Shares in Olive Garden operator Darden Restaurants rose by more than 8.5% to $163.50 (£118.97) a share after the restaurant company reported strong earnings Thursday morning.
Darden Restaurants, which also operates dine-in brands including LongHorn Steakhouse, Yard House and Bahama Breeze, reported total sales increased by more than 8% over the comparable pre-Covid-19 quarter and more than 50% over last year’s pandemic-affected quarter.
Darden reported sales of $2.3bn for the fiscal first quarter ended 29 August. Net earnings from continuing operations was $232m. EBITDA was $370m.
With sales up, Darden Restaurants is raising its fiscal 2022 financial outlooks. The company now sees total sales of $9.4bn–$9.6bn up from earlier estimates of $9.2bn–$9.5bn. On a percentage basis, total sales compared to pre-Covid-19 numbers are now expected to increase by 7%-9% versus earlier predictions of 5%-8%.
The outlook for the financial year ending May 2022 also includes an increase in expected inflation to 4% from 3%.
Despite the increase in shipping and food costs, management said it is reluctant to pass those added expenses along to the consumer.
Other businesses were quick to pass on the additional costs to consumers with minimal short-term pushback, one analyst noted on Darden’s investor call. However, lower income consumers are disproportionately impacted by increases in inflation and Darden Restaurants does not want to alienate a big part of its guest makeup for the casual dining brands it operates, CEO Gene Lee said on the call.
“We’re incredibly focused on the longer-term pushback . . . and eventually there will be pushback,” Lee said. “We want to make sure this big group of consumers that we service feel as though they can still come to our restaurants and still get a great value for what they have to pay.”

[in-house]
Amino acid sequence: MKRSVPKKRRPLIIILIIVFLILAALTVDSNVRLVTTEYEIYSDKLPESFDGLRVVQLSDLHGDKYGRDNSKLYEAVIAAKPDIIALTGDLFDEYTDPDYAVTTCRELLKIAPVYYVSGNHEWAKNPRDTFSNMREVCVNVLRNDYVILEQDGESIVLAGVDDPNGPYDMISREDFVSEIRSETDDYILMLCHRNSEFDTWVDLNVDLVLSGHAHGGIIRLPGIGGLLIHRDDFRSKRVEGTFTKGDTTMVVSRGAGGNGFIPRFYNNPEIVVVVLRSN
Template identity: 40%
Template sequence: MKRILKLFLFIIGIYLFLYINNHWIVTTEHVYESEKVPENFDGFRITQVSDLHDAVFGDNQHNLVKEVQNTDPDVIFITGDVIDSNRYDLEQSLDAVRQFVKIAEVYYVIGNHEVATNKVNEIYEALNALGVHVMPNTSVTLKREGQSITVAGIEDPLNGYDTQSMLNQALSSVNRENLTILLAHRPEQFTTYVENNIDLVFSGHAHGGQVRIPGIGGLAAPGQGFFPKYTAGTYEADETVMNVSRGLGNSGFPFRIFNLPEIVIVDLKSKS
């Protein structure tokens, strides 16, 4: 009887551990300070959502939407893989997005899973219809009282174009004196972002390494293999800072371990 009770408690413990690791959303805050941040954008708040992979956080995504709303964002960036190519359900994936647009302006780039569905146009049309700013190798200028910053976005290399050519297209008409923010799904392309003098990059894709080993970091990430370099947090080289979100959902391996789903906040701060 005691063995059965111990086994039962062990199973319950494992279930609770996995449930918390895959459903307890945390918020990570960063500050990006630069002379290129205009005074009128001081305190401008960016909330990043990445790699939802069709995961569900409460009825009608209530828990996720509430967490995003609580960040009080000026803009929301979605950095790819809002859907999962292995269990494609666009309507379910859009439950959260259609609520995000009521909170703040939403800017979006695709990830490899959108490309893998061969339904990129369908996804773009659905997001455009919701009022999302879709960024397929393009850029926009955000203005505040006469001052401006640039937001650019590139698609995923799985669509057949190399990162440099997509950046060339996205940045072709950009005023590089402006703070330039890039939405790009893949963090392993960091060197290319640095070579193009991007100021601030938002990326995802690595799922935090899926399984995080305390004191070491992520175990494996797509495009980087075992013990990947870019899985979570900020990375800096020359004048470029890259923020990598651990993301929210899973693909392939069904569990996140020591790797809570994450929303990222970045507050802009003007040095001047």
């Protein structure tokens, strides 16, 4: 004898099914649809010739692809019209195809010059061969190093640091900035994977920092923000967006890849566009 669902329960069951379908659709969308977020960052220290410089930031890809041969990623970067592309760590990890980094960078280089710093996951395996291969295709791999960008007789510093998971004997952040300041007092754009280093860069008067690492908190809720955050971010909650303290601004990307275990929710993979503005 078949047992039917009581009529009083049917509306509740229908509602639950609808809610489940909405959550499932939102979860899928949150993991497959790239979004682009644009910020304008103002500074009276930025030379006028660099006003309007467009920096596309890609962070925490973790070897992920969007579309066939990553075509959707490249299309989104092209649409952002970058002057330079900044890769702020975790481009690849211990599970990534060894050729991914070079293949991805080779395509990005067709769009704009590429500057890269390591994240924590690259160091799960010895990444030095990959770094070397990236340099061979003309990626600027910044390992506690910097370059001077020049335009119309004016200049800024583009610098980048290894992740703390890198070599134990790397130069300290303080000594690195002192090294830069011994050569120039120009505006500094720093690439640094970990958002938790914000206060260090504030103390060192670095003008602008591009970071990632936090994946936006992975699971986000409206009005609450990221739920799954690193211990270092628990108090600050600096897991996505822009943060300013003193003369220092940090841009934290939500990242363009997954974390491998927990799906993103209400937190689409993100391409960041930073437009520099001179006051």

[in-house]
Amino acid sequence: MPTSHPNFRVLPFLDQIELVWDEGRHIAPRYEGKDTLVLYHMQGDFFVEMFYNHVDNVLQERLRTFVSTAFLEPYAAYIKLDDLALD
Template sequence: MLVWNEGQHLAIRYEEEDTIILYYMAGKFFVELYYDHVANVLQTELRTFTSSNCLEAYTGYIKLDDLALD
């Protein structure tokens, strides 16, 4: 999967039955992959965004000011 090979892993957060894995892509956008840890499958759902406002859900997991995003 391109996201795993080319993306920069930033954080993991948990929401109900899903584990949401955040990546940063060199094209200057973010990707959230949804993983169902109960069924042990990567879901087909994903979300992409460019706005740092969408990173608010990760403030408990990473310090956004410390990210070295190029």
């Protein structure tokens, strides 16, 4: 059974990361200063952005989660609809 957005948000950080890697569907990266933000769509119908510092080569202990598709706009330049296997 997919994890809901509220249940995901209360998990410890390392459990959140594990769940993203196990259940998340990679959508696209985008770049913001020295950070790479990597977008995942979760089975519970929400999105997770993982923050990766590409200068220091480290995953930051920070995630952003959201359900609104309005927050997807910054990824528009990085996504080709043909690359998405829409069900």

Lee added: "Those who manage through this prudently and take a longer look will be okay and those that pass on a lot of price and are not managing their costs effectively – at some point your average consumer could be priced out of casual dining if it costs too much.”
Off-premises sales that were the lifeblood of the business during the worst of the pandemic started to come down earlier this year as people returned to in-person dining.
However, a spike in Delta variant cases caused that percentage to rise again to 27% of overall sales in the latest quarter for Olive Garden and 15% for Longhorn Steakhouse, according to the company’s earnings presentation. Those percentages are slightly elevated from where management sees off-premises sales sticking post-Covid-19, but the company said it has made a lot of investments in its digital ordering experience that should keep to-go sales in the 20s area as a percentage of overall sales.
“I still think the off-premises mix will come down at Olive Garden and LongHorn as the dining rooms continue to fill and people feel more comfortable coming into a restaurant,” Lee said. “We do believe that our to-go as a percent of sales will be bigger than we ever thought it would be before Covid because we’re getting a lot of people coming to Olive Garden and Longhorn that had never done to-go before and they are getting a great experience.”
Darden Restaurants’ board of directors authorised the company to repurchases an additional $750m of outstanding common stock.
During the latest quarter, the company repurchased 1.3 million shares at a cost of $186m under its previous $500m repurchase authorization.
That brings the total remaining repurchase authorisation to around $1bn for the fiscal year.
Darden had 1,841 company-owned locations as of 29 August.